Ireland lift Aga Khan trophy after eight-year interval
IRISH SHOWJUMPING stepped back on to the world stage again yesterday, as the Aga Khan trophy came home after eight years.
The coveted gold trophy was held aloft by an Irish team made up of an Olympic medallist and three young guns who jumped in the RDS as pony riders.
Childhood dreams came true for Clones man Clement McMahon, Kilkenny’s Richie Moloney, Sligo rider Darragh Kerins and Ratoath Olympian Cian O’Connor, who set the RDS main arena alight with an emotional Aga Khan win yesterday.
Robert Splaine’s dream team not only took home the Aga Khan, they finished third overall in the FEI Nations Cup top league behind France and Germany, avoiding relegation.
The spectacular bay, eight-year-old, French-bred stallion Pacino, used by hundreds of Irish breeders, stole the show with a double clear round performance for Clement McMahon, as his toddler son Louis and wife Stacey cheered him on from the stands.
Pacino’s owner Maureen McMahon said: “It is a wonderful day, the lads were brilliant. We are very proud and Pacino was amazing.”
Tom Moloney, his wife and the Moloney family from Warrington Equestrian Centre in Kilkenny, were in the pocket with Mr and Mrs Francie Kerins and the Darragh Kerins connections from Tubberbride Equestrian Centre in Sligo.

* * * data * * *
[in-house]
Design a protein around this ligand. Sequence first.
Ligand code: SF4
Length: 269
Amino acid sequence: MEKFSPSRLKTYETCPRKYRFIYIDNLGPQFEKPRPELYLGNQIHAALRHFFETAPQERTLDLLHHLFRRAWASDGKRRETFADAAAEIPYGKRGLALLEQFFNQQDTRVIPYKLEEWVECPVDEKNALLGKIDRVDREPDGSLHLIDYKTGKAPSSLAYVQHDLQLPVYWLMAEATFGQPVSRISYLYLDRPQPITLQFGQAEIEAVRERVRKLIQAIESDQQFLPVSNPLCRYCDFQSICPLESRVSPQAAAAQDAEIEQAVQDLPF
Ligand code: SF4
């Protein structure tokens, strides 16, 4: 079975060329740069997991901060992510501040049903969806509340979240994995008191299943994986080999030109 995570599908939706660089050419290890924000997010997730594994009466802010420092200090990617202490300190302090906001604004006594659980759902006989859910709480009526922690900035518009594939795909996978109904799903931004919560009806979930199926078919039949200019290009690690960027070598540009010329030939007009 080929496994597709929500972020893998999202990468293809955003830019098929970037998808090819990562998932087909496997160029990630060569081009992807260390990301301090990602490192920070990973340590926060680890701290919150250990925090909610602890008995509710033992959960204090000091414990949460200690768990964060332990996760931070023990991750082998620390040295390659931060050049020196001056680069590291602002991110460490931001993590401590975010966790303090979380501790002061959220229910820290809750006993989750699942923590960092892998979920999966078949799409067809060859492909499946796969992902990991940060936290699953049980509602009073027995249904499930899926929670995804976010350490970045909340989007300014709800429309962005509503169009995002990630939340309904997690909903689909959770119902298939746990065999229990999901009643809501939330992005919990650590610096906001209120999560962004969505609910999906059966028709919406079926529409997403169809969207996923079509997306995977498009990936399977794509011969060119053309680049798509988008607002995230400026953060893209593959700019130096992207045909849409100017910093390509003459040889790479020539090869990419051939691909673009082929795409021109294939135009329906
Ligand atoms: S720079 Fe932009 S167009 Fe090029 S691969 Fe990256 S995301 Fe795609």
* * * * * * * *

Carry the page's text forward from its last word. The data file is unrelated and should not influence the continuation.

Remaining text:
Clones and Monaghan supporters of the McMahon family from Hillview Stud were at the show in their droves to see the super stallion Pacino impress yet again at only eight years.
Even Horsesport Ireland director Damien McDonald couldn’t contain himself.
“A European junior team gold last night, an Olympic medal last week, the pony Europeans gold, medals for many of our individuals and now the Aga Khan trophy with a brilliant team and exceptional horses.”
Robert Splaine’s squad collected €64,000 finishing on five penalties ahead of France on eight penalties for €40,000 and Great Britain in third for €32,000.
Midway, Ireland were leading on one penalty, ahead of France and Sweden on four faults, but even then Splaine didn’t count his chickens. “I know what can happen in this competition and how things can change.”
In the first round McMahon steered the scopey and handsome Pacino to a stunning clear, while US-based Richie Moloney and the athletic chestnut Ahorn Van De Zuuthoeve were clear but for a time fault.
Darragh Kerins with Lisona, bred by Capt John Ledingham in Enfield, out of his Porsche mare by the Limerick-based stallion OBOS Quality, showed a clean pair of heels for a beautiful clear round. Cian O’Connor and the perky Blue Lloyd went clear to the last but tipped it to become the discard score leaving Ireland on one penalty point.
Alan Wade’s track looked straightforward, but the second-last Liverpool with water tray took its toll. As visiting US FEI judge of the earlier event finals Roger Haller observed: “There were faults at every single fence. This competition was superb, with it all hinging on the last riders of the top three teams.”